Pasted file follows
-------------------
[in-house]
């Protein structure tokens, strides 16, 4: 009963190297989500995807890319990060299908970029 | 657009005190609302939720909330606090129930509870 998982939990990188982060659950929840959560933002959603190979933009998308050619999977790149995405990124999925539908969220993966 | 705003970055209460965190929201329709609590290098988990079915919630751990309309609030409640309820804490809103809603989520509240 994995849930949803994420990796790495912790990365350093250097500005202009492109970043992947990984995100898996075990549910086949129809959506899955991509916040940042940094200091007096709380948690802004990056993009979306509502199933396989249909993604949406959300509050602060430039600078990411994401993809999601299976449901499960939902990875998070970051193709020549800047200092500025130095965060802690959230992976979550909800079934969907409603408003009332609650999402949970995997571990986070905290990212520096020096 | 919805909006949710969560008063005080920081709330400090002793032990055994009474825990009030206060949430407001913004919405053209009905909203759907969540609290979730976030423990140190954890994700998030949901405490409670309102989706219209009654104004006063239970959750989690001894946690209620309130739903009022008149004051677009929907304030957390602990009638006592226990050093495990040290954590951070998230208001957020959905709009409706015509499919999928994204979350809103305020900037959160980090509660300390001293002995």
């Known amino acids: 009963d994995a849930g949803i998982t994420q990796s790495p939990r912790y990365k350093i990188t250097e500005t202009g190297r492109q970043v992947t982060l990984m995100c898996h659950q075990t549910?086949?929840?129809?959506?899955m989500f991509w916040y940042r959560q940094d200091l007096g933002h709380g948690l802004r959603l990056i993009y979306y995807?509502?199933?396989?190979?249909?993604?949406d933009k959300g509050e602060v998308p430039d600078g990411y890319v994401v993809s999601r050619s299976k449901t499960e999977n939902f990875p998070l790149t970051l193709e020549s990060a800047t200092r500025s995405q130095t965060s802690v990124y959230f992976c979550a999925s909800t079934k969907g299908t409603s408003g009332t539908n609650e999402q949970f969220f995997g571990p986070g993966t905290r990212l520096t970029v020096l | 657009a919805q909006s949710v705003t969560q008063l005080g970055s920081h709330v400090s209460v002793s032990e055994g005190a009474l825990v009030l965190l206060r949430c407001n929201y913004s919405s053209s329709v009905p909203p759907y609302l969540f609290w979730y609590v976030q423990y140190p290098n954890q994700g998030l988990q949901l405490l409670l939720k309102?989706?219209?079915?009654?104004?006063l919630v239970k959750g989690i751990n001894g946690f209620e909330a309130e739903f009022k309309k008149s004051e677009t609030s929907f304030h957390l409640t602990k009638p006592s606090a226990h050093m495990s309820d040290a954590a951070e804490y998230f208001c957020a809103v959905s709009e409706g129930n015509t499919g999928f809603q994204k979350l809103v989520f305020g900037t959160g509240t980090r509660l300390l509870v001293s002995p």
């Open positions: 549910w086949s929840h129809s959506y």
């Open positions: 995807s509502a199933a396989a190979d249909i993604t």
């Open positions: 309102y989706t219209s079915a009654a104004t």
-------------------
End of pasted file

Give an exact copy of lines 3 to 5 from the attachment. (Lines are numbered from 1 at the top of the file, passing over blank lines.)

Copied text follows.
């Known amino acids: 009963d994995a849930g949803i998982t994420q990796s790495p939990r912790y990365k350093i990188t250097e500005t202009g190297r492109q970043v992947t982060l990984m995100c898996h659950q075990t549910?086949?929840?129809?959506?899955m989500f991509w916040y940042r959560q940094d200091l007096g933002h709380g948690l802004r959603l990056i993009y979306y995807?509502?199933?396989?190979?249909?993604?949406d933009k959300g509050e602060v998308p430039d600078g990411y890319v994401v993809s999601r050619s299976k449901t499960e999977n939902f990875p998070l790149t970051l193709e020549s990060a800047t200092r500025s995405q130095t965060s802690v990124y959230f992976c979550a999925s909800t079934k969907g299908t409603s408003g009332t539908n609650e999402q949970f969220f995997g571990p986070g993966t905290r990212l520096t970029v020096l | 657009a919805q909006s949710v705003t969560q008063l005080g970055s920081h709330v400090s209460v002793s032990e055994g005190a009474l825990v009030l965190l206060r949430c407001n929201y913004s919405s053209s329709v009905p909203p759907y609302l969540f609290w979730y609590v976030q423990y140190p290098n954890q994700g998030l988990q949901l405490l409670l939720k309102?989706?219209?079915?009654?104004?006063l919630v239970k959750g989690i751990n001894g946690f209620e909330a309130e739903f009022k309309k008149s004051e677009t609030s929907f304030h957390l409640t602990k009638p006592s606090a226990h050093m495990s309820d040290a954590a951070e804490y998230f208001c957020a809103v959905s709009e409706g129930n015509t499919g999928f809603q994204k979350l809103v989520f305020g900037t959160g509240t980090r509660l300390l509870v001293s002995p």
């Open positions: 549910w086949s929840h129809s959506y």
């Open positions: 995807s509502a199933a396989a190979d249909i993604t």